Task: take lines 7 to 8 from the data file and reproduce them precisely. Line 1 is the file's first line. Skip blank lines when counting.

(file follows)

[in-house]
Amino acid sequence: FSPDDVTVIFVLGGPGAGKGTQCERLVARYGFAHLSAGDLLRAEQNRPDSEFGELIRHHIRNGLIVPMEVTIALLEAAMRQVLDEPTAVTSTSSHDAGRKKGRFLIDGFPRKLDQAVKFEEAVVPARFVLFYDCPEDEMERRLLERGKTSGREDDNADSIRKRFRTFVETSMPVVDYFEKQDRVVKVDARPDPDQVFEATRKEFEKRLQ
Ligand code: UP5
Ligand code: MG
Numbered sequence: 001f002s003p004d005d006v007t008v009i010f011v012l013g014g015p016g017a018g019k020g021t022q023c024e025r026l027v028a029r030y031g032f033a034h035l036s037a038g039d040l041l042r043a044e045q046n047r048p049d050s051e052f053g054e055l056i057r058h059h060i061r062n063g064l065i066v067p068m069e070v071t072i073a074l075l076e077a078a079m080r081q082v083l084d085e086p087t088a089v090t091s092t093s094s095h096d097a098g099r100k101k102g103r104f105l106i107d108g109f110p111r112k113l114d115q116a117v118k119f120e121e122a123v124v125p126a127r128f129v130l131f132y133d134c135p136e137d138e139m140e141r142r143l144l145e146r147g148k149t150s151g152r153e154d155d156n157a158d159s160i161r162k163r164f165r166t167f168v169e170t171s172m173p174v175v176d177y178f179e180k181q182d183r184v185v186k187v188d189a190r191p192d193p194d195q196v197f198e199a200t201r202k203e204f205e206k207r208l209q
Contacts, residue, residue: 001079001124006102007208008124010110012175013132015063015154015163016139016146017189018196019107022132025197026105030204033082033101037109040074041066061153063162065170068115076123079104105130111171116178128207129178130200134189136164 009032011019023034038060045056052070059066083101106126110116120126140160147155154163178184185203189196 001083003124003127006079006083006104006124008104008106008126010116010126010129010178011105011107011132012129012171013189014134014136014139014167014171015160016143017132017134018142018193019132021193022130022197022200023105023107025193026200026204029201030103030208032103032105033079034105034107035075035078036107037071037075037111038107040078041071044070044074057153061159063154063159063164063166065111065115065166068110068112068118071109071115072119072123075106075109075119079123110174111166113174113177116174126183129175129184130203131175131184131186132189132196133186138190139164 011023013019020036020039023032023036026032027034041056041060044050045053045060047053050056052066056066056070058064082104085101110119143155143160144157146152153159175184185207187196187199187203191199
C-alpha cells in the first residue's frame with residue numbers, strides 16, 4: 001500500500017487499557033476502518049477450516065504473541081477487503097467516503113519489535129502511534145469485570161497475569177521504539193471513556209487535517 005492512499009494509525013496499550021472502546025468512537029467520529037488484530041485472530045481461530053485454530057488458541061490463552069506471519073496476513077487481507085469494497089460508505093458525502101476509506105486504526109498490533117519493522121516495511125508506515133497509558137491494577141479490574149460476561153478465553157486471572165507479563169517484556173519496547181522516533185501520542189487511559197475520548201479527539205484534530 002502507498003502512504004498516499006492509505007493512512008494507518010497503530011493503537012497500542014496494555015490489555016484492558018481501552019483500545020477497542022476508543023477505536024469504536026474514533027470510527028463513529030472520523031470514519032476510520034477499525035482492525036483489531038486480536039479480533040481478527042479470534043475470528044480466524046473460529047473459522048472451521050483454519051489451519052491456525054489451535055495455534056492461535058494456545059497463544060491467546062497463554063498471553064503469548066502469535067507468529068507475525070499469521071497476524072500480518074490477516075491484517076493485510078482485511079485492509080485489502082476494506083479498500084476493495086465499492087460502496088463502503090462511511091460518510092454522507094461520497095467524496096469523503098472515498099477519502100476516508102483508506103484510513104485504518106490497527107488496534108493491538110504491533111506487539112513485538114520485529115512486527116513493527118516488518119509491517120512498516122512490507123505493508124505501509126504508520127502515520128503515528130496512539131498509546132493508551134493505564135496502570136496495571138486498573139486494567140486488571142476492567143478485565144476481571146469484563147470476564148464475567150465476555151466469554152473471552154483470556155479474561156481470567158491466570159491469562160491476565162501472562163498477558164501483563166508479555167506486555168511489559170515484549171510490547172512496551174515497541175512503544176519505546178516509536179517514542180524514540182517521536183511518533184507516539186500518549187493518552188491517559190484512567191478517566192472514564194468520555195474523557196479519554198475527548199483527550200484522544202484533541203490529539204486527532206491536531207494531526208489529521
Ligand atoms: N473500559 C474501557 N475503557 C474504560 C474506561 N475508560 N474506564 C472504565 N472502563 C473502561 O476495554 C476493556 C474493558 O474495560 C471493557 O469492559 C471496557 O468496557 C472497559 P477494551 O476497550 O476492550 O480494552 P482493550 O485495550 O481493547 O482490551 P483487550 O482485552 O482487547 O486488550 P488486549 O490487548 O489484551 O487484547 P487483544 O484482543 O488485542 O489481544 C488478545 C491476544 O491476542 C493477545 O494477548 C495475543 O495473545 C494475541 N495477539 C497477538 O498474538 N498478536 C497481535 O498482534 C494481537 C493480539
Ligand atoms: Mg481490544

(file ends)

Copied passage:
C-alpha cells in the first residue's frame with residue numbers, strides 16, 4: 001500500500017487499557033476502518049477450516065504473541081477487503097467516503113519489535129502511534145469485570161497475569177521504539193471513556209487535517 005492512499009494509525013496499550021472502546025468512537029467520529037488484530041485472530045481461530053485454530057488458541061490463552069506471519073496476513077487481507085469494497089460508505093458525502101476509506105486504526109498490533117519493522121516495511125508506515133497509558137491494577141479490574149460476561153478465553157486471572165507479563169517484556173519496547181522516533185501520542189487511559197475520548201479527539205484534530 002502507498003502512504004498516499006492509505007493512512008494507518010497503530011493503537012497500542014496494555015490489555016484492558018481501552019483500545020477497542022476508543023477505536024469504536026474514533027470510527028463513529030472520523031470514519032476510520034477499525035482492525036483489531038486480536039479480533040481478527042479470534043475470528044480466524046473460529047473459522048472451521050483454519051489451519052491456525054489451535055495455534056492461535058494456545059497463544060491467546062497463554063498471553064503469548066502469535067507468529068507475525070499469521071497476524072500480518074490477516075491484517076493485510078482485511079485492509080485489502082476494506083479498500084476493495086465499492087460502496088463502503090462511511091460518510092454522507094461520497095467524496096469523503098472515498099477519502100476516508102483508506103484510513104485504518106490497527107488496534108493491538110504491533111506487539112513485538114520485529115512486527116513493527118516488518119509491517120512498516122512490507123505493508124505501509126504508520127502515520128503515528130496512539131498509546132493508551134493505564135496502570136496495571138486498573139486494567140486488571142476492567143478485565144476481571146469484563147470476564148464475567150465476555151466469554152473471552154483470556155479474561156481470567158491466570159491469562160491476565162501472562163498477558164501483563166508479555167506486555168511489559170515484549171510490547172512496551174515497541175512503544176519505546178516509536179517514542180524514540182517521536183511518533184507516539186500518549187493518552188491517559190484512567191478517566192472514564194468520555195474523557196479519554198475527548199483527550200484522544202484533541203490529539204486527532206491536531207494531526208489529521
Ligand atoms: N473500559 C474501557 N475503557 C474504560 C474506561 N475508560 N474506564 C472504565 N472502563 C473502561 O476495554 C476493556 C474493558 O474495560 C471493557 O469492559 C471496557 O468496557 C472497559 P477494551 O476497550 O476492550 O480494552 P482493550 O485495550 O481493547 O482490551 P483487550 O482485552 O482487547 O486488550 P488486549 O490487548 O489484551 O487484547 P487483544 O484482543 O488485542 O489481544 C488478545 C491476544 O491476542 C493477545 O494477548 C495475543 O495473545 C494475541 N495477539 C497477538 O498474538 N498478536 C497481535 O498482534 C494481537 C493480539